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Editorial: Pumpkin passes

Mini chocolate bars are a popular Halloween treat.
Mini chocolate bars are a popular Halloween treat.

 

A lot can change in 2,000 years.

And in the case of Halloween, it has evolved from a time to honour the spirits of loved ones and welcome them home while keeping evil ghouls at bay, to a holiday of collecting and feasting on candy.

Lots of candy.

There’s more to it than that, of course. Increasingly, communities seem to be embracing the spirit of All Hallows’ Eve. People post skeleton sentinels at their front doors, hang ghosts and witches from trees, turn their lawns into graveyards, pipe creepy music into the night through hidden speakers and spook-ify their homes with fake cobwebs and strategic lighting.

The ancient Celtic festival of Samhain saw the period from the end of October to the beginning of November as the crossover from the light part of the year to the dark part of the year. Halloween was the night when the two worlds collided, thus opening a portal for members of the spirit world to get through.

These days, it’s become a weeks-long celebration of all things otherworldly, and creatures both friendly and frightening, with superheroes and fairy princesses sharing sidewalks with zombies and vampires on trick-or-treat night.

Grownups were kids once too, of course, and they recognize the allure of all the candy and chocolate that sets Halloween apart from other nights of the year. There’s something downright exhilarating about sitting on the living room floor surrounded by a pile of treats and trying to decide what to sample next.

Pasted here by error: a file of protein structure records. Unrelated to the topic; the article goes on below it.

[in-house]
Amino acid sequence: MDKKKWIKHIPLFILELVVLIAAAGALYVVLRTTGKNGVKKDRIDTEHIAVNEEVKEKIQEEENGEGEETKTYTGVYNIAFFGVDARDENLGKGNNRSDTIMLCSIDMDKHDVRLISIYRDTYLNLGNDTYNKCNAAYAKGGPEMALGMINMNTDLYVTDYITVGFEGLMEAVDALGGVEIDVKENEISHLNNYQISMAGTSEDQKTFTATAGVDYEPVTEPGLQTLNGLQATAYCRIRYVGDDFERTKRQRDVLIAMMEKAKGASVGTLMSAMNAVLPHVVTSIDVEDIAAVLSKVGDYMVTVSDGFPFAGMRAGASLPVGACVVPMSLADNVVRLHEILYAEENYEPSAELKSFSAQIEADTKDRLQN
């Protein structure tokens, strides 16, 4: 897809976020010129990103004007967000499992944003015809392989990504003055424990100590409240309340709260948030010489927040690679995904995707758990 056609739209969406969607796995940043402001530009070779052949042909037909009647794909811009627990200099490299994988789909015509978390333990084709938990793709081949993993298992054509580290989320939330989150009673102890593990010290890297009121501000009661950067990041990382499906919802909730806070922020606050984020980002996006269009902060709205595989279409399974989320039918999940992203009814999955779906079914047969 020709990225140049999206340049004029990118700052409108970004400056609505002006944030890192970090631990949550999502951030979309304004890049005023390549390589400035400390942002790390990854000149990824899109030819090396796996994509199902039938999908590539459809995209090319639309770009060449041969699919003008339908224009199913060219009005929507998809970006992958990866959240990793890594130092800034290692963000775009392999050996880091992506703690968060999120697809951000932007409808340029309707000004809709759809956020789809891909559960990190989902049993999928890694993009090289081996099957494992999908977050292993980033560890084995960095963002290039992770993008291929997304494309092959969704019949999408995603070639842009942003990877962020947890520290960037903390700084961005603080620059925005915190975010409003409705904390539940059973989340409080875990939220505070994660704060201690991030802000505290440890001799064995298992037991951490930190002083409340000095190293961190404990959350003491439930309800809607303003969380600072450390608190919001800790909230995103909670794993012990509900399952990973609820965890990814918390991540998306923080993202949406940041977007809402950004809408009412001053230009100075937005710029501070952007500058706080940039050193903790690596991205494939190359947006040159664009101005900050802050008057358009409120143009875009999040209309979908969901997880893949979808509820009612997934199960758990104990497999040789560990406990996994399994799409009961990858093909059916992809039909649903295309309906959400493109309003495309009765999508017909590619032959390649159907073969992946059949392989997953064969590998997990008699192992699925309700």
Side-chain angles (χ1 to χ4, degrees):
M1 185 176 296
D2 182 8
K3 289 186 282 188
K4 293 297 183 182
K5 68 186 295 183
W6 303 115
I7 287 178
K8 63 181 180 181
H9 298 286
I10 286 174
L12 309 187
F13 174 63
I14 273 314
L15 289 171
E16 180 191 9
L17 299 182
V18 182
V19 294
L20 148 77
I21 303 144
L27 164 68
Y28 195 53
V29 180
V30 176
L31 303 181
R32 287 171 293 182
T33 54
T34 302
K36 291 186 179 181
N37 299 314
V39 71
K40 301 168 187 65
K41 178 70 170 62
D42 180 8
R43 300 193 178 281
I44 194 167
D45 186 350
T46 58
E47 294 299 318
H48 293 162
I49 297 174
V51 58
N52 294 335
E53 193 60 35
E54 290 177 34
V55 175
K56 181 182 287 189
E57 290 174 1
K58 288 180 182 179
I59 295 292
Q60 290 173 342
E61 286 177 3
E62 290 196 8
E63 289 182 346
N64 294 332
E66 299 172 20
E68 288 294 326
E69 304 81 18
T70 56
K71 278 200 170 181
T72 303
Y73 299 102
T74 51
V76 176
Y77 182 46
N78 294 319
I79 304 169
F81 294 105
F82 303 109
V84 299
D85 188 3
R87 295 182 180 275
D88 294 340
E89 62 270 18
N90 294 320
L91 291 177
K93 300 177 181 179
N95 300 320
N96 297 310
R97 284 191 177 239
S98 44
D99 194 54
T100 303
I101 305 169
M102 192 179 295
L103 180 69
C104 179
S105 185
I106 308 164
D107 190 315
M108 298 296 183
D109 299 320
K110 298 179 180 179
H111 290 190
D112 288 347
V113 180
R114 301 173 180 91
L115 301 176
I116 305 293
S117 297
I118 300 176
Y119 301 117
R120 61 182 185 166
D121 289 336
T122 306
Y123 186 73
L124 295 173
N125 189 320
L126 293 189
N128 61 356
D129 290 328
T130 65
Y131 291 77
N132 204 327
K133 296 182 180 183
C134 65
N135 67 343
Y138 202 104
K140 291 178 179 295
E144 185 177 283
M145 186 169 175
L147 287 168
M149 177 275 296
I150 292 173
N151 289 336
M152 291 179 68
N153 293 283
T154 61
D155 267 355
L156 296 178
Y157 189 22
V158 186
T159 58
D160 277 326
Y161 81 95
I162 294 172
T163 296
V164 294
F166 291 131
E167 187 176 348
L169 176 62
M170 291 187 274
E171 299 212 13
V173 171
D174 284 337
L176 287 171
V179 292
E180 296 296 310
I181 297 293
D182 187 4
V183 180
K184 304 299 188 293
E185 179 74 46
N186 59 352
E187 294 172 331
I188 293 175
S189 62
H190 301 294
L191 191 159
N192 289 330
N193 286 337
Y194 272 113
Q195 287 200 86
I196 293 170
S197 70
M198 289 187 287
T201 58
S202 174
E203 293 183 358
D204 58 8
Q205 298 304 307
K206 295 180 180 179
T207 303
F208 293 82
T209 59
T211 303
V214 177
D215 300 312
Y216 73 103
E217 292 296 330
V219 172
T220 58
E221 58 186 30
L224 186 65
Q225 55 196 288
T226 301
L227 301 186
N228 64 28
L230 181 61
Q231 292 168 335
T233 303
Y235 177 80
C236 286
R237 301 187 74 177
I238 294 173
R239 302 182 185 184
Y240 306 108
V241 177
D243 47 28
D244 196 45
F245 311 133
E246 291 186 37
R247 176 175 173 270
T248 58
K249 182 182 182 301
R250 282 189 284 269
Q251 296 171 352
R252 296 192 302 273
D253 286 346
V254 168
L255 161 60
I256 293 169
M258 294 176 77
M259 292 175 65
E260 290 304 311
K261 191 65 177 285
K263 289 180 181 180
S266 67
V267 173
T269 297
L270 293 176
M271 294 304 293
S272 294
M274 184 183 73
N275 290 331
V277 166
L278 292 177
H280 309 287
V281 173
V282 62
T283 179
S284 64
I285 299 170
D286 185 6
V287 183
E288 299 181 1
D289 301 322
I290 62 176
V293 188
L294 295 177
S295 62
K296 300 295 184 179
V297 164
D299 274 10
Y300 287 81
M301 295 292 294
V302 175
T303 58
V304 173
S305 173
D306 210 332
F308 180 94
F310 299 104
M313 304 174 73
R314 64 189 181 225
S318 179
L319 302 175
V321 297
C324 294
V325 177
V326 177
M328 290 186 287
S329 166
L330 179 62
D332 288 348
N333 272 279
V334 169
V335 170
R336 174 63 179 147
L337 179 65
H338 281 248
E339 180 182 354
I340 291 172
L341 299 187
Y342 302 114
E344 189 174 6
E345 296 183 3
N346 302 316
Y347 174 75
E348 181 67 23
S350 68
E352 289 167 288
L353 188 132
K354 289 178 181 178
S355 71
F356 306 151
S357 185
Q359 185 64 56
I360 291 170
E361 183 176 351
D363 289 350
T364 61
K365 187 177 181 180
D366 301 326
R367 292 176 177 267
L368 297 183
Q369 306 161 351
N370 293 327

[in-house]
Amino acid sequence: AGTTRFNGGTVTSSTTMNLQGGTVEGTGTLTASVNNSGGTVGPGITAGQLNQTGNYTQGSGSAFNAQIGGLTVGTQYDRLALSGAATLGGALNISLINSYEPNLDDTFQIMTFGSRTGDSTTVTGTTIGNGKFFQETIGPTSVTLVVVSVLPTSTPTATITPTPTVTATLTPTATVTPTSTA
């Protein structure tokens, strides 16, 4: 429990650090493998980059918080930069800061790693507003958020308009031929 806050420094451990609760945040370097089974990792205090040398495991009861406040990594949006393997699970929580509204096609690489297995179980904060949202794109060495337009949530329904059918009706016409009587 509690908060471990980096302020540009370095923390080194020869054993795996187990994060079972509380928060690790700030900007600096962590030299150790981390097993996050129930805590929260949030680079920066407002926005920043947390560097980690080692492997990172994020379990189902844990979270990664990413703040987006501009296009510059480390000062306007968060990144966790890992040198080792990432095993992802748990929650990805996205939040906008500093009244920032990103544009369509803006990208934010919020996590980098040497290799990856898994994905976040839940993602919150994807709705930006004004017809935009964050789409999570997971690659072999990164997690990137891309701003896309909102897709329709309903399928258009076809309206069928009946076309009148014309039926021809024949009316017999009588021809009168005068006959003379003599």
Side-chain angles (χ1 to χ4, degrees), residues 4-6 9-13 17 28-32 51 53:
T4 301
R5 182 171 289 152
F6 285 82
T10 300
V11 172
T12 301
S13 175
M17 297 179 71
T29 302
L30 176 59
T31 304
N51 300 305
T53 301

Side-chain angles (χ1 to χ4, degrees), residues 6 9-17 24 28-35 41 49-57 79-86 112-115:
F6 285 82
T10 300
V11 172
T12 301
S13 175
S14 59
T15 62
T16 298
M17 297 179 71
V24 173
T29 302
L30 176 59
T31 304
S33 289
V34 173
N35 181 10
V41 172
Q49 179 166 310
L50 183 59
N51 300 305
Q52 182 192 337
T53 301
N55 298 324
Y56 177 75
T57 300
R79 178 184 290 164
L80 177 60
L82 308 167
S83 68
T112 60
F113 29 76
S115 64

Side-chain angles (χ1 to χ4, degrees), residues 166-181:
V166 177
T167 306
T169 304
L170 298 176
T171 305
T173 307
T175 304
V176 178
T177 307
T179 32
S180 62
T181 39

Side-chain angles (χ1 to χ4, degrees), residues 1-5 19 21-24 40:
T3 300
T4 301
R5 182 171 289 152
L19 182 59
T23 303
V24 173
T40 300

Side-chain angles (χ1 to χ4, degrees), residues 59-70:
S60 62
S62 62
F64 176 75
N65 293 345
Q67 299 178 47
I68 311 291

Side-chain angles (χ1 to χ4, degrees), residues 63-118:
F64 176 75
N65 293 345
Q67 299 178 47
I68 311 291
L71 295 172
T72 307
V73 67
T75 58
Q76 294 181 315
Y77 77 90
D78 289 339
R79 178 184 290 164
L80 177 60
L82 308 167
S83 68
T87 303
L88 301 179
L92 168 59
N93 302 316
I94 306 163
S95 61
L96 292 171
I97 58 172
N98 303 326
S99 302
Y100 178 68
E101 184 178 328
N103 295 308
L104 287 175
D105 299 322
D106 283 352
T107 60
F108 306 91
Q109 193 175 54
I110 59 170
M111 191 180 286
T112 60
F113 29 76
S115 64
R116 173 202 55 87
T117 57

But with obesity rates climbing in this country, with 20 per cent of Canadians expected to be obese by 2019 and a shocking 71 per cent of people in this province expected to be overweight or obese by that time, healthy living needs to be a priority, and who better to set an example with than children?

That’s why larger centres in this province might take a lesson from some cities in Canada, where they’re adding a twist to the typical Halloween fare of potato chips, mini chocolate bars and jellybeans.

The Canadian Press reported this week that cities like Cornwall, Ont. and Regina are promoting inexpensive ski, skate and swim passes as alternatives to sweets for Halloween night.

In Cornwall, you can get a booklet of 10 Halloween passes for public skates and swims at city facilities for $10, valid during November and December. The city’s aquatic co-ordinator says the passes are so popular, they’re offering 1,500 a year.

And they don’t just promote physical activity, they’re a safe treat to offer kids without having to worry about food allergies.

This is not to suggest that children should have to forsake their annual sugar rush for a plastic pumpkin full of all-things-good-for-you, but there’s nothing wrong with striving for a balance of fun and fitness.

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